Video of Dayton Police taking down a mass killer who once had a rape-list


The police in Dayton courageously ran to the sound of the gunfire the night Connor Betts finally blew. In under one minute, they took the killer down. This video captures that moment.

Six Dayton Police officers engaged the killer within 30 seconds, saving countless lives, according to the Dayton Daily News.

The six officers were: Sgt. William C. Knight; Officer Brian Rolfes; Officer Jeremy Campbell; Officer Vincent Carter; Officer Ryan Nabel; and Officer David Denlinger.


On his Twitter profile — the account has since been taken down — Betts listed his preferred pronouns, as progressives do.

According to, the profile read: “he/him / anime fan / metalhead / leftist / i’m going to hell and i’m not coming back.”

He wrote that he was a supporter of Elizabeth Warren and socialism. He was also a supporter of Satan.


A former middle school classmate told the Dayton Daily News that Betts was obsessed with killing and death — the woman said she and her parents reported this to police.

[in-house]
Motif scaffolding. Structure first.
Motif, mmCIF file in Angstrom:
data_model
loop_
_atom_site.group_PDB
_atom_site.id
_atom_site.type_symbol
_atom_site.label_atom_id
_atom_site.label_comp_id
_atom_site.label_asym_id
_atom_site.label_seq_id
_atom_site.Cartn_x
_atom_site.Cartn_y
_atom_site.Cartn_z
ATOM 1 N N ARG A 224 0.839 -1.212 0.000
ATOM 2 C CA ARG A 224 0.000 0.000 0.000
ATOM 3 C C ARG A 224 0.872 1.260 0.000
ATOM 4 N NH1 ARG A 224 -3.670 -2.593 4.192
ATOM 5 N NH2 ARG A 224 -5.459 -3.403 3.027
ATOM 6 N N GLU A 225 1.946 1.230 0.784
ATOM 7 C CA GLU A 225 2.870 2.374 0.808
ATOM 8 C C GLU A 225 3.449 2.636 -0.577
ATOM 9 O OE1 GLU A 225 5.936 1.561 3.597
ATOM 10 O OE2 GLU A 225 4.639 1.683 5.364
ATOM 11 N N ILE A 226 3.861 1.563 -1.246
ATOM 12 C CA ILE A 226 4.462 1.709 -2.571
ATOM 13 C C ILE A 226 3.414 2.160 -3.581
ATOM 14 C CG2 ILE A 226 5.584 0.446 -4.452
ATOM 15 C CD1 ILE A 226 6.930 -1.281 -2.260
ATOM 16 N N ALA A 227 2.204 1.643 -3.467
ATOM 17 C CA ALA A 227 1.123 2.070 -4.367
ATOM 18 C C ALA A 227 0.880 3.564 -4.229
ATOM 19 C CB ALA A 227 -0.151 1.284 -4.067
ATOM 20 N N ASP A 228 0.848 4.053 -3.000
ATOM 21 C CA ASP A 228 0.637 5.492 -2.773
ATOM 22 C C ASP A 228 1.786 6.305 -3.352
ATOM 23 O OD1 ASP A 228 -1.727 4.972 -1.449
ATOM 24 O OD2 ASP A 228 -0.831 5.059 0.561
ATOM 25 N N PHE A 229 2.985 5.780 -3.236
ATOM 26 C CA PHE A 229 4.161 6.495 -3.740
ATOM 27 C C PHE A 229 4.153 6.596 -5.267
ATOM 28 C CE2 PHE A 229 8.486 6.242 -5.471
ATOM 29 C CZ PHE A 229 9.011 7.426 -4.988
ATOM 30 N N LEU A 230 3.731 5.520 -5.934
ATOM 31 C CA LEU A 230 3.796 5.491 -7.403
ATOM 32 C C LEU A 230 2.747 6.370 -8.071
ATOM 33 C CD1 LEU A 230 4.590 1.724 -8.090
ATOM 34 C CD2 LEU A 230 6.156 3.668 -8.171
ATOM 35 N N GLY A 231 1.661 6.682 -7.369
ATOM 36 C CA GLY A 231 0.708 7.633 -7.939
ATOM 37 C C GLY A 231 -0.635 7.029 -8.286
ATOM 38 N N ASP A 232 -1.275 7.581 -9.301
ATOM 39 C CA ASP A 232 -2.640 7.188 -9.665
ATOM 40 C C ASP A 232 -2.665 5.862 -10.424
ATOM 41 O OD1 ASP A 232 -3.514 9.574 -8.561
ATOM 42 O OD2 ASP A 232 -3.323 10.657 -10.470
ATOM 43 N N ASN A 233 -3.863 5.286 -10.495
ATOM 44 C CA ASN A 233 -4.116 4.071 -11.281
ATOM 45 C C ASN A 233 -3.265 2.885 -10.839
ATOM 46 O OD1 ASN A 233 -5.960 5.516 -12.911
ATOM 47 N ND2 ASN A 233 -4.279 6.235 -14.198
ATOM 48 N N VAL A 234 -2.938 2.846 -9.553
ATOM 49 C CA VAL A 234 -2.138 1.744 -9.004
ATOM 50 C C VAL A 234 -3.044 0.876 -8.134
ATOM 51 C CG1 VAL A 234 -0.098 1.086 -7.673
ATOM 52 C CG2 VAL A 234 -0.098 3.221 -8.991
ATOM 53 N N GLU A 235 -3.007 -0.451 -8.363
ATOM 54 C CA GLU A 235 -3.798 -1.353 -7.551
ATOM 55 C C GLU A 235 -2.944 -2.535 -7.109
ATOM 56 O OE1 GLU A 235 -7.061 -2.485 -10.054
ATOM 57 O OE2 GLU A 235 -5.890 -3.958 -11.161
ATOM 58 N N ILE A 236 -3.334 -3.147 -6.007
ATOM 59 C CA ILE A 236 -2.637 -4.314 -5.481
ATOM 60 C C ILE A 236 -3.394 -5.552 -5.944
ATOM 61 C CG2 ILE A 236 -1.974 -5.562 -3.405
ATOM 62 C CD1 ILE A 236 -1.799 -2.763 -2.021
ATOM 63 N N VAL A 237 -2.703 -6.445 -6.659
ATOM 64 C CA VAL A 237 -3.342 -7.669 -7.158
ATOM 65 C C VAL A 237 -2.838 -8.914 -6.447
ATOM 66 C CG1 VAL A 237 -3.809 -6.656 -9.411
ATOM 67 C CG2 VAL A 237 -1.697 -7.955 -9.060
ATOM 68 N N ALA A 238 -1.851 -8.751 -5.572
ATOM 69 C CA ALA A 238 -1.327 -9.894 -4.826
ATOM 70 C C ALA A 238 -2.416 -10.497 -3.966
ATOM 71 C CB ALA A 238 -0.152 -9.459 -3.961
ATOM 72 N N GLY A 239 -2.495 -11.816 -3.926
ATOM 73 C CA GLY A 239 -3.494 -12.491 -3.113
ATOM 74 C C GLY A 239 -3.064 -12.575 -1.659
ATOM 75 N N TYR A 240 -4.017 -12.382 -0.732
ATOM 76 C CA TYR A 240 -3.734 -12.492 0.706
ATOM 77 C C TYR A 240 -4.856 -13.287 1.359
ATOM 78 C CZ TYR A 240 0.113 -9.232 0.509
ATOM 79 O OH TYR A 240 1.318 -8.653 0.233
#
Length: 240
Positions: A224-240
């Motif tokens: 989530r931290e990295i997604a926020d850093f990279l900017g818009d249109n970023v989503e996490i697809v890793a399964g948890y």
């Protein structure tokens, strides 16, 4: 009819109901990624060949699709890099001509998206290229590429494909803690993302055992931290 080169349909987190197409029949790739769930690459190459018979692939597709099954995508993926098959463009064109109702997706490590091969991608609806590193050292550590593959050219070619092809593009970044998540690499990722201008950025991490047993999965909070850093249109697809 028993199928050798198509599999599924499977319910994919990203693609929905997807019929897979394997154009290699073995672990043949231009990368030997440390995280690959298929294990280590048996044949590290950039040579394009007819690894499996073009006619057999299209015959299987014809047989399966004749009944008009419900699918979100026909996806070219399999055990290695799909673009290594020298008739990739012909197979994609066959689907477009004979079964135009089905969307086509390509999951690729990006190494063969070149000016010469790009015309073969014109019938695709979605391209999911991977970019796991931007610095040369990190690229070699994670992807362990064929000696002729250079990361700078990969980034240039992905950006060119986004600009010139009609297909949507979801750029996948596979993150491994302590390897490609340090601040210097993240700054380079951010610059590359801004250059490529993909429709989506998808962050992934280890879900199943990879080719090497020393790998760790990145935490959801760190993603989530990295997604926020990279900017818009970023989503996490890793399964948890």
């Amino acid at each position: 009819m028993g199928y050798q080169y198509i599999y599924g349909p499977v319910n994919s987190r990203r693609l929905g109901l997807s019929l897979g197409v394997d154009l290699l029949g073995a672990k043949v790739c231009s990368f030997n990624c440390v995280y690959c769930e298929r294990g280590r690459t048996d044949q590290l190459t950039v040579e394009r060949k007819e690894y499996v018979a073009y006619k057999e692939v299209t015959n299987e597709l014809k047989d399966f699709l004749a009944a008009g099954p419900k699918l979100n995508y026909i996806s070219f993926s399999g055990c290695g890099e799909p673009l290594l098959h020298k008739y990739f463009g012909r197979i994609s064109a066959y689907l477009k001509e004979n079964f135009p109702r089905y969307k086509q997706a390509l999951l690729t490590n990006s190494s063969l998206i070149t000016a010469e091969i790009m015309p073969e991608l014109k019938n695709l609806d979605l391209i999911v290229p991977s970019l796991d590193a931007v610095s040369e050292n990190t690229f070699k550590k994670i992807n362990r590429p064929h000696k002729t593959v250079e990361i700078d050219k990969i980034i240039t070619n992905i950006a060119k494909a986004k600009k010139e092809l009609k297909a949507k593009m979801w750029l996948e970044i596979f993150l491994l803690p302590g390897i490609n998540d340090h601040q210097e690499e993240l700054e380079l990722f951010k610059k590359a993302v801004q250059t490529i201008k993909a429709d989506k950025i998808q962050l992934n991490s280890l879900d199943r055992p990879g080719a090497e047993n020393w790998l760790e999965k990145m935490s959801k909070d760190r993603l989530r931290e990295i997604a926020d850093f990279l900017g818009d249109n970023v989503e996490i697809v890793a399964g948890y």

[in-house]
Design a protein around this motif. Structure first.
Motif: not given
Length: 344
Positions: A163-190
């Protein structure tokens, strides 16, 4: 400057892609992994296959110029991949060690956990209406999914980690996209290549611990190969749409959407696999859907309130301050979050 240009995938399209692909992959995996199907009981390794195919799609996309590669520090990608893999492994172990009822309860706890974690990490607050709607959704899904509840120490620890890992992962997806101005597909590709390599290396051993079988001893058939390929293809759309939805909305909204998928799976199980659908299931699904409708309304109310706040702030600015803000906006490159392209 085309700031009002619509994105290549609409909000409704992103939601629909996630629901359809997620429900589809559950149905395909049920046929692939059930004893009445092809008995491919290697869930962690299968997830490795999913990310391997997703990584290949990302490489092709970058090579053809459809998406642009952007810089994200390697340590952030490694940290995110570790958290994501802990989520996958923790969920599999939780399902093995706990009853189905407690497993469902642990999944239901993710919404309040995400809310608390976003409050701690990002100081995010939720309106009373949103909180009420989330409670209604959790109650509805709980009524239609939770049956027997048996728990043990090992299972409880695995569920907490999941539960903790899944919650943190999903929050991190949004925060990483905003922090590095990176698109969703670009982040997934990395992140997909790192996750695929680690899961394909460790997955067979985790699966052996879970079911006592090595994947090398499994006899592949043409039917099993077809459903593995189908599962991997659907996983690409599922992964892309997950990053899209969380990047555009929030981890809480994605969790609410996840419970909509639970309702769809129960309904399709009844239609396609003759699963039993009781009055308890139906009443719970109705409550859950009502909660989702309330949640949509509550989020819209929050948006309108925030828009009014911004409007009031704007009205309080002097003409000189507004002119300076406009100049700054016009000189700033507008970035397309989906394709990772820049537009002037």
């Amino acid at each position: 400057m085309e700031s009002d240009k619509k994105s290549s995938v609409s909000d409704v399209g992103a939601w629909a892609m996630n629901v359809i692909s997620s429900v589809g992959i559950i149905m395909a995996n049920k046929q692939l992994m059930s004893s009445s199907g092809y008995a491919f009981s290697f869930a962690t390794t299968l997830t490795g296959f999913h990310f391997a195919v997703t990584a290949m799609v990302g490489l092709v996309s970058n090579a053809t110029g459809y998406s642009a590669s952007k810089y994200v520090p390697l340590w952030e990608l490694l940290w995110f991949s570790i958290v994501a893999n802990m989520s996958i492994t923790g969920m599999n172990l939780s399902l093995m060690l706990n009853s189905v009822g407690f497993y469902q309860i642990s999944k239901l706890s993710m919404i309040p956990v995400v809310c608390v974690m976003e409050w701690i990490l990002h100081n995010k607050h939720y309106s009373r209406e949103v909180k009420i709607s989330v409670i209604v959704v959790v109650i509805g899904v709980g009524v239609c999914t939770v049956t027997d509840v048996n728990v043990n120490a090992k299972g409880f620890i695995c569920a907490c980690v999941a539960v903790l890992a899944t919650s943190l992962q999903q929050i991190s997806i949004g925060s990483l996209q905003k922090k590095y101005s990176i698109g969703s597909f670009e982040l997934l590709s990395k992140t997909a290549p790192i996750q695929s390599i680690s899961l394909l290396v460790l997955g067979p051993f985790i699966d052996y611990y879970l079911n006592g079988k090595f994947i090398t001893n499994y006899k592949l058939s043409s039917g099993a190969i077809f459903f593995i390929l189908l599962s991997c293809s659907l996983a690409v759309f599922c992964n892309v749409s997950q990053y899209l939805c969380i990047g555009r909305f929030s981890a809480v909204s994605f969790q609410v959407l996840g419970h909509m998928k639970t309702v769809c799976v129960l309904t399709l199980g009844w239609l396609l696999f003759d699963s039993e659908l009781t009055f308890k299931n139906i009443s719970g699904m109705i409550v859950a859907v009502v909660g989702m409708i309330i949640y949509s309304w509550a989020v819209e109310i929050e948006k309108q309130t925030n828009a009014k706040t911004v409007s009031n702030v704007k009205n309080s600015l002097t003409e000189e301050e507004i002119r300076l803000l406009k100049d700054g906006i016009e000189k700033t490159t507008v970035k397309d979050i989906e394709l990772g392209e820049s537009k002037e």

“He knew it wasn’t normal,” she said. “He and I talked at length about him getting help.”

Betts had fantasized about tying her up and slitting her throat.

He was reportedly suspended in high school after compiling a “hit list” of individuals he wanted to kill and a “rape list” of girls he wanted to sexually assault, according to Fox News.

The former students said the kill list was found scrawled on a bathroom wall in school and the rape list was brought to school.

During her freshman year, a former cheerleader told the AP that she received a phone call from a police officer who informed her that her name was included on a list of potential targets.

“The officer said [Betts] wouldn’t be at school for a while,” she said, referring to the boy’s suspension. “But after some time passed he was back, walking the halls. They didn’t give us any warning that he was returning to school.”


Demoy Howell, who said he and Betts participated in Bellbrook’s Junior ROTC military program, remembered friends saying Betts made them feel threatened and uncomfortable, Fox News reports.

“He was always a bit of an oddball,” Howell said. “He had a dark sense of humor — jokes about people dying. He would wear all black. I remember sensing a dark energy around him.”

“I think this is less of a hate crime and more of an ‘I hate everybody’ crime,” he added. “I honestly feel more comfortable now knowing that he’s gone.”

Betts had no criminal record and he was not charged as a juvenile. His records were sealed. He should have been charged.

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